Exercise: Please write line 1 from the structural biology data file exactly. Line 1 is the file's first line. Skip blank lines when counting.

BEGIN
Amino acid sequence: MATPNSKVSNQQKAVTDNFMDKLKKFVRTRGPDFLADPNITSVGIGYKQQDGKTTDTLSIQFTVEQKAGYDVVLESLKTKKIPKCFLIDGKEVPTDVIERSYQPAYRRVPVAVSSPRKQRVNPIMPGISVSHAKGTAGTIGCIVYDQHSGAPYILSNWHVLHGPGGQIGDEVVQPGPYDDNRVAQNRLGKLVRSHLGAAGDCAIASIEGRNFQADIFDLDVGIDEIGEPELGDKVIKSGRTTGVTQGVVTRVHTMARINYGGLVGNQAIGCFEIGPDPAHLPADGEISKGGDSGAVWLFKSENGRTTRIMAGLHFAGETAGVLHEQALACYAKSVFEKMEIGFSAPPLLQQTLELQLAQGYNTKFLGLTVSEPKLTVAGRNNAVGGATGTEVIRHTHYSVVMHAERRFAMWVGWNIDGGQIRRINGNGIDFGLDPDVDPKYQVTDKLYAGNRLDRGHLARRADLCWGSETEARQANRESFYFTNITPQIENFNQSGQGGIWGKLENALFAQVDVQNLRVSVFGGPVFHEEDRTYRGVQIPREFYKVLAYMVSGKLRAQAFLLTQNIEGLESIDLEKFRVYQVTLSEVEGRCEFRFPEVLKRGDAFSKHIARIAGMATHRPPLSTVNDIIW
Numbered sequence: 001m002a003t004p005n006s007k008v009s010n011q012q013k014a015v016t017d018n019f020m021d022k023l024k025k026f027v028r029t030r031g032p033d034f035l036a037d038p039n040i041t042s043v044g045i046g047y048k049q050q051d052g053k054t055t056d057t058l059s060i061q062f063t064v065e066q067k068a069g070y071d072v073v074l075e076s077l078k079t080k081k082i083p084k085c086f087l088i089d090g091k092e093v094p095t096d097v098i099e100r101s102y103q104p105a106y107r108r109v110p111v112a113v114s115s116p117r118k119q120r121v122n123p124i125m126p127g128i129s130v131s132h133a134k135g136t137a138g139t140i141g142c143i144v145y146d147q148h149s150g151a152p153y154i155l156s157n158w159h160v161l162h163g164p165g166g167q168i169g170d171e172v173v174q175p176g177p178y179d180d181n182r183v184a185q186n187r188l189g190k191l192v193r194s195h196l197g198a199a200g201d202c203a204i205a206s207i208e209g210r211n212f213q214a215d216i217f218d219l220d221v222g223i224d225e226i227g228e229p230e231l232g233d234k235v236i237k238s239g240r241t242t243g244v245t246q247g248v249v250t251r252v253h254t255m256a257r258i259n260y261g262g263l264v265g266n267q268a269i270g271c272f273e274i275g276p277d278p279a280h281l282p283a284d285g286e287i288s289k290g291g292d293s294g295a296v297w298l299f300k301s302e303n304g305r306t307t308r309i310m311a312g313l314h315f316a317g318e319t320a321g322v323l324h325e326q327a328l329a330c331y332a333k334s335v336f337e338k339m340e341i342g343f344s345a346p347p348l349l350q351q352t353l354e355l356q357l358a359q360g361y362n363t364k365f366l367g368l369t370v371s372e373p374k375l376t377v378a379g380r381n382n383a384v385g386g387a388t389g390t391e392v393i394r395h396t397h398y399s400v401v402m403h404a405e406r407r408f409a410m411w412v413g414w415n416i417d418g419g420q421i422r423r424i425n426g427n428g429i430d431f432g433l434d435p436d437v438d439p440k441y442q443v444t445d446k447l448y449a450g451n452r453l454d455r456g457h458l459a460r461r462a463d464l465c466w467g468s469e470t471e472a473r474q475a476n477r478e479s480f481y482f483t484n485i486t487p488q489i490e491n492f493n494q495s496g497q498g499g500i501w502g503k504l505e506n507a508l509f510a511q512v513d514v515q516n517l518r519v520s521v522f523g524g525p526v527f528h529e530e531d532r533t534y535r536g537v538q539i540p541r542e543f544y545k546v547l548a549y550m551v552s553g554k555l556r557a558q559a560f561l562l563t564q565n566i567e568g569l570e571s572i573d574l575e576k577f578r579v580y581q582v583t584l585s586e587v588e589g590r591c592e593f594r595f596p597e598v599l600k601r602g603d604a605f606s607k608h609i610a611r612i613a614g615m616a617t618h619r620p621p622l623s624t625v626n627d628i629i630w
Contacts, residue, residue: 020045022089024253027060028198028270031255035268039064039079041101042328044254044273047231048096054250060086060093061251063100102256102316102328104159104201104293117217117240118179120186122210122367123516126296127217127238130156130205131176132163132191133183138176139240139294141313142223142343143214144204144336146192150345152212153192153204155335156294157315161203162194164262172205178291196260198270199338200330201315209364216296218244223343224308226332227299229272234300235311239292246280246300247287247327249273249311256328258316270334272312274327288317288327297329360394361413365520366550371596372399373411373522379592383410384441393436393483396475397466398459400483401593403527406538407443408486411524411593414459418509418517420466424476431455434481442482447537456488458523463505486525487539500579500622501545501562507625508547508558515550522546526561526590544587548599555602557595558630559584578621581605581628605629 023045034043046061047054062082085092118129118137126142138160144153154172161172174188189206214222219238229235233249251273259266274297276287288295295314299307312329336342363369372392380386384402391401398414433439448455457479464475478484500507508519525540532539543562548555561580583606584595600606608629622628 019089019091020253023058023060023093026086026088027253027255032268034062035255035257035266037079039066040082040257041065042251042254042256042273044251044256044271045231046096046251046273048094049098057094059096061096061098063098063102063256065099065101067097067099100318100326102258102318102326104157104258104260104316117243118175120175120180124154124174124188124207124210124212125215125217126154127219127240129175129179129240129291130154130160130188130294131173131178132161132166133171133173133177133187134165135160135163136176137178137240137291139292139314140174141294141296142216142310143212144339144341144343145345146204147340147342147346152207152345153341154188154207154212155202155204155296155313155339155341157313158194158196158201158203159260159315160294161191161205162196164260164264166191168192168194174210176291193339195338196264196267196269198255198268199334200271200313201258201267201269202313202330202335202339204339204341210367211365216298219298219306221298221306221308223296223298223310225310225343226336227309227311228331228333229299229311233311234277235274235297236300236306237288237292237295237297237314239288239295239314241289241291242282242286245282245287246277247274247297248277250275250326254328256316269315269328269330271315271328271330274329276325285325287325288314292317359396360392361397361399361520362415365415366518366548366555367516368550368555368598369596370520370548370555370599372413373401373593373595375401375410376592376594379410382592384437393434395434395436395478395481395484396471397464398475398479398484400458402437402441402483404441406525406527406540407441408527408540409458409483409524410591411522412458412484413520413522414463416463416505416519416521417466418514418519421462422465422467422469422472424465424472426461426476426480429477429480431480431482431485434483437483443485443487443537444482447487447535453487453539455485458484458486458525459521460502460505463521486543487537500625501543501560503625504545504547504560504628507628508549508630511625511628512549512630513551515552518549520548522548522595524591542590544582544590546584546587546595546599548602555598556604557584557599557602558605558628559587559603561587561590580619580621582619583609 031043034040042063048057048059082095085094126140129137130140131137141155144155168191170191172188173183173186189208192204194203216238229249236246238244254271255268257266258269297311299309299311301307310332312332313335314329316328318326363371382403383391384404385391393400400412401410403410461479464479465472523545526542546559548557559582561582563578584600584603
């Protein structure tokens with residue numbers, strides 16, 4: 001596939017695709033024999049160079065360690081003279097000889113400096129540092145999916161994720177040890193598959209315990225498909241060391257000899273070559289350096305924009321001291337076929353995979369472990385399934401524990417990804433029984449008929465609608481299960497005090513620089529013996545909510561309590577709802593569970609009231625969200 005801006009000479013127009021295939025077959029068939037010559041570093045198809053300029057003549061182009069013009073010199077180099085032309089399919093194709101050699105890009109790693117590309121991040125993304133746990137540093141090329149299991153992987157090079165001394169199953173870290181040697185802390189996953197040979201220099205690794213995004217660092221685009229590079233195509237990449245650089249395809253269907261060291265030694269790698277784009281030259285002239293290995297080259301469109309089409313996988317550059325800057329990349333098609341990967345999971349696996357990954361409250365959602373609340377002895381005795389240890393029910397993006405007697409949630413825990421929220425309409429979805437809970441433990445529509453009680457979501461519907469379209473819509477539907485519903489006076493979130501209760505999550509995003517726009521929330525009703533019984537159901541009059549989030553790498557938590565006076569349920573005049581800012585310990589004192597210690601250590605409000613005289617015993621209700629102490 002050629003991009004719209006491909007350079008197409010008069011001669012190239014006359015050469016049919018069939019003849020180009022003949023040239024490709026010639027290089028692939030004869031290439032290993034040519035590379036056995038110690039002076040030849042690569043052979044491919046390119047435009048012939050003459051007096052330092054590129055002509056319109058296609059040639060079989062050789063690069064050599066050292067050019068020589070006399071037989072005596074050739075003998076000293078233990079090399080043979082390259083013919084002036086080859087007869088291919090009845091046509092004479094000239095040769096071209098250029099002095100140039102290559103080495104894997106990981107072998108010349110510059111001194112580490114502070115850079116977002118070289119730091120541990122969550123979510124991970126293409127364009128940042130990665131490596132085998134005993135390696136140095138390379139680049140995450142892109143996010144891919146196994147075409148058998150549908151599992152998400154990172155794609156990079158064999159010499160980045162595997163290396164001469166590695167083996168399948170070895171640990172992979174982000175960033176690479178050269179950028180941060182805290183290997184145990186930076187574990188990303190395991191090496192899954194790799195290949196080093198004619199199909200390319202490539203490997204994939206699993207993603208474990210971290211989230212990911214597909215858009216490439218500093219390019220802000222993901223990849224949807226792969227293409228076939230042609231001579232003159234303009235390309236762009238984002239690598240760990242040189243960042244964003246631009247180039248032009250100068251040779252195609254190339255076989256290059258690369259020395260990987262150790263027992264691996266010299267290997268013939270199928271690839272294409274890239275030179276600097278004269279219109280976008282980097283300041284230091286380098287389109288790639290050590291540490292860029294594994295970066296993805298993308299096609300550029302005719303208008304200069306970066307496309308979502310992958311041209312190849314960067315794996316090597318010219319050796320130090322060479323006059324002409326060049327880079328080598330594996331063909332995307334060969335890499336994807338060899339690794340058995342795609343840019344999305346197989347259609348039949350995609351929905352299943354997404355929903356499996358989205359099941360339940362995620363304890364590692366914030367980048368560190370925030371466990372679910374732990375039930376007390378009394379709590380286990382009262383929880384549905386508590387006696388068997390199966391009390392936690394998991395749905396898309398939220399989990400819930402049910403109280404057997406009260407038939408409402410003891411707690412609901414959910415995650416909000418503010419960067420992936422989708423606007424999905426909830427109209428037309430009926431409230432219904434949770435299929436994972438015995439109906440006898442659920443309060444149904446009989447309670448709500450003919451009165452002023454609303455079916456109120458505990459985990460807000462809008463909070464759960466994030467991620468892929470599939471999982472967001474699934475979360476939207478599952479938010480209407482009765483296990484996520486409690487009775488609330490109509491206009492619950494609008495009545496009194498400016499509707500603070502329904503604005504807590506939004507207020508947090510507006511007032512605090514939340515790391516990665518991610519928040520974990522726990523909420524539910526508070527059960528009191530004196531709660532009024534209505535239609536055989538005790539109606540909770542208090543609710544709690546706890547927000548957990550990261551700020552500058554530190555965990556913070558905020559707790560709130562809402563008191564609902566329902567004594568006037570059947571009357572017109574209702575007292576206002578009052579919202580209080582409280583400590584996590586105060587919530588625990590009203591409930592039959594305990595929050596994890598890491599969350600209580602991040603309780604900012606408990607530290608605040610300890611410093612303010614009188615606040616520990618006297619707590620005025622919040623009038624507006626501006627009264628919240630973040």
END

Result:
Amino acid sequence: MATPNSKVSNQQKAVTDNFMDKLKKFVRTRGPDFLADPNITSVGIGYKQQDGKTTDTLSIQFTVEQKAGYDVVLESLKTKKIPKCFLIDGKEVPTDVIERSYQPAYRRVPVAVSSPRKQRVNPIMPGISVSHAKGTAGTIGCIVYDQHSGAPYILSNWHVLHGPGGQIGDEVVQPGPYDDNRVAQNRLGKLVRSHLGAAGDCAIASIEGRNFQADIFDLDVGIDEIGEPELGDKVIKSGRTTGVTQGVVTRVHTMARINYGGLVGNQAIGCFEIGPDPAHLPADGEISKGGDSGAVWLFKSENGRTTRIMAGLHFAGETAGVLHEQALACYAKSVFEKMEIGFSAPPLLQQTLELQLAQGYNTKFLGLTVSEPKLTVAGRNNAVGGATGTEVIRHTHYSVVMHAERRFAMWVGWNIDGGQIRRINGNGIDFGLDPDVDPKYQVTDKLYAGNRLDRGHLARRADLCWGSETEARQANRESFYFTNITPQIENFNQSGQGGIWGKLENALFAQVDVQNLRVSVFGGPVFHEEDRTYRGVQIPREFYKVLAYMVSGKLRAQAFLLTQNIEGLESIDLEKFRVYQVTLSEVEGRCEFRFPEVLKRGDAFSKHIARIAGMATHRPPLSTVNDIIW